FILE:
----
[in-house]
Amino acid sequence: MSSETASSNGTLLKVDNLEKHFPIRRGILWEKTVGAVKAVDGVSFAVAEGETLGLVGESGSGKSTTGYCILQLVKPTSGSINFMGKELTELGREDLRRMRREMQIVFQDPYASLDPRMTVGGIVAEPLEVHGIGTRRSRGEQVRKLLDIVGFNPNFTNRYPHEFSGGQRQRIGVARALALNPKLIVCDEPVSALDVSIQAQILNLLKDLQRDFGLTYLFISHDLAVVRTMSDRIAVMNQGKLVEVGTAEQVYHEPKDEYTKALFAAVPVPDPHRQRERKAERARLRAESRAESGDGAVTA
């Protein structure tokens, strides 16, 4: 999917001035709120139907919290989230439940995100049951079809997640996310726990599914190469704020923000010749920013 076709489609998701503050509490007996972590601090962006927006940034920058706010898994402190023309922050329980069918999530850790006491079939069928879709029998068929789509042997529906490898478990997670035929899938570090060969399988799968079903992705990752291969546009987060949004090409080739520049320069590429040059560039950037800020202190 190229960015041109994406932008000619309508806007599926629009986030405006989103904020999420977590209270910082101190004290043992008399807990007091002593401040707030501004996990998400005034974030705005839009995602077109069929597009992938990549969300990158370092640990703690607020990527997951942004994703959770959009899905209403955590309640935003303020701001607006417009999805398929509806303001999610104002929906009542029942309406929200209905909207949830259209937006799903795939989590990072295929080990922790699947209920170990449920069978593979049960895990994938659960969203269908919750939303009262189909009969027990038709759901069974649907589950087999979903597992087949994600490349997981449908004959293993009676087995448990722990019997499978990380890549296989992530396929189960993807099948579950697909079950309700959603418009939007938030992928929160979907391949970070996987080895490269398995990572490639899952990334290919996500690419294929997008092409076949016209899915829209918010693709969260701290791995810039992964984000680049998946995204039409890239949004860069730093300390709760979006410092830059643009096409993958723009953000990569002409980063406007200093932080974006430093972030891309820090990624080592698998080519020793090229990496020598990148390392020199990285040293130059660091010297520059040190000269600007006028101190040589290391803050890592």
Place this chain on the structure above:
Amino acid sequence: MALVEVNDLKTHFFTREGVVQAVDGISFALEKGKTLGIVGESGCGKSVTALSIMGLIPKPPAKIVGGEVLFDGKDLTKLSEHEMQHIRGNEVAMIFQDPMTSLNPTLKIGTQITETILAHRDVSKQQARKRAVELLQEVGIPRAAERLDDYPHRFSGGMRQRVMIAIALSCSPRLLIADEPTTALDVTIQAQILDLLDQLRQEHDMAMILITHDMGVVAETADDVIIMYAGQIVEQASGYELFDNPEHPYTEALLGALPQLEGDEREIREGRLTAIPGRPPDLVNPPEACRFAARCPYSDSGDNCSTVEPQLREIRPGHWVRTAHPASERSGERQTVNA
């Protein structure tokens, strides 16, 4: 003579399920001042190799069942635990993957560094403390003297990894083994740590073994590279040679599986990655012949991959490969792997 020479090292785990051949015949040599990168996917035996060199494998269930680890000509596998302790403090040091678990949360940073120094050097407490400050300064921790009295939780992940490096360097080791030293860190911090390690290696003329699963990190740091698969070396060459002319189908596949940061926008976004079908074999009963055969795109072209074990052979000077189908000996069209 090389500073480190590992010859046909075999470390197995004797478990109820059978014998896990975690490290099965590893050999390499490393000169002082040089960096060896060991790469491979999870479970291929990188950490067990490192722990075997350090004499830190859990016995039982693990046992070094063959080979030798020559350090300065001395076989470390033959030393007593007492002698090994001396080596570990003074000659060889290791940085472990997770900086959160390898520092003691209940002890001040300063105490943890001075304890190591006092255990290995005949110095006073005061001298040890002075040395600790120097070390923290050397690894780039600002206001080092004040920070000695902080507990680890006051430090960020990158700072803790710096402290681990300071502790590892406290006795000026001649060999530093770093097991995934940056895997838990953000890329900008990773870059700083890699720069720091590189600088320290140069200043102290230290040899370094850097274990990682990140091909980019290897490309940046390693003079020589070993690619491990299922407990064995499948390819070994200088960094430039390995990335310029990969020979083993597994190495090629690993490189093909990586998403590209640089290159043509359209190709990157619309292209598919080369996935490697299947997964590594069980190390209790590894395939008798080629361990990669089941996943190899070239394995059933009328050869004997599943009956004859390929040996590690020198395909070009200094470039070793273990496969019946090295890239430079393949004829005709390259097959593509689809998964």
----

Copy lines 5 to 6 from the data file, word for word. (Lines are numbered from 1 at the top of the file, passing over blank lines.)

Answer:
Amino acid sequence: MALVEVNDLKTHFFTREGVVQAVDGISFALEKGKTLGIVGESGCGKSVTALSIMGLIPKPPAKIVGGEVLFDGKDLTKLSEHEMQHIRGNEVAMIFQDPMTSLNPTLKIGTQITETILAHRDVSKQQARKRAVELLQEVGIPRAAERLDDYPHRFSGGMRQRVMIAIALSCSPRLLIADEPTTALDVTIQAQILDLLDQLRQEHDMAMILITHDMGVVAETADDVIIMYAGQIVEQASGYELFDNPEHPYTEALLGALPQLEGDEREIREGRLTAIPGRPPDLVNPPEACRFAARCPYSDSGDNCSTVEPQLREIRPGHWVRTAHPASERSGERQTVNA
């Protein structure tokens, strides 16, 4: 003579399920001042190799069942635990993957560094403390003297990894083994740590073994590279040679599986990655012949991959490969792997 020479090292785990051949015949040599990168996917035996060199494998269930680890000509596998302790403090040091678990949360940073120094050097407490400050300064921790009295939780992940490096360097080791030293860190911090390690290696003329699963990190740091698969070396060459002319189908596949940061926008976004079908074999009963055969795109072209074990052979000077189908000996069209 090389500073480190590992010859046909075999470390197995004797478990109820059978014998896990975690490290099965590893050999390499490393000169002082040089960096060896060991790469491979999870479970291929990188950490067990490192722990075997350090004499830190859990016995039982693990046992070094063959080979030798020559350090300065001395076989470390033959030393007593007492002698090994001396080596570990003074000659060889290791940085472990997770900086959160390898520092003691209940002890001040300063105490943890001075304890190591006092255990290995005949110095006073005061001298040890002075040395600790120097070390923290050397690894780039600002206001080092004040920070000695902080507990680890006051430090960020990158700072803790710096402290681990300071502790590892406290006795000026001649060999530093770093097991995934940056895997838990953000890329900008990773870059700083890699720069720091590189600088320290140069200043102290230290040899370094850097274990990682990140091909980019290897490309940046390693003079020589070993690619491990299922407990064995499948390819070994200088960094430039390995990335310029990969020979083993597994190495090629690993490189093909990586998403590209640089290159043509359209190709990157619309292209598919080369996935490697299947997964590594069980190390209790590894395939008798080629361990990669089941996943190899070239394995059933009328050869004997599943009956004859390929040996590690020198395909070009200094470039070793273990496969019946090295890239430079393949004829005709390259097959593509689809998964």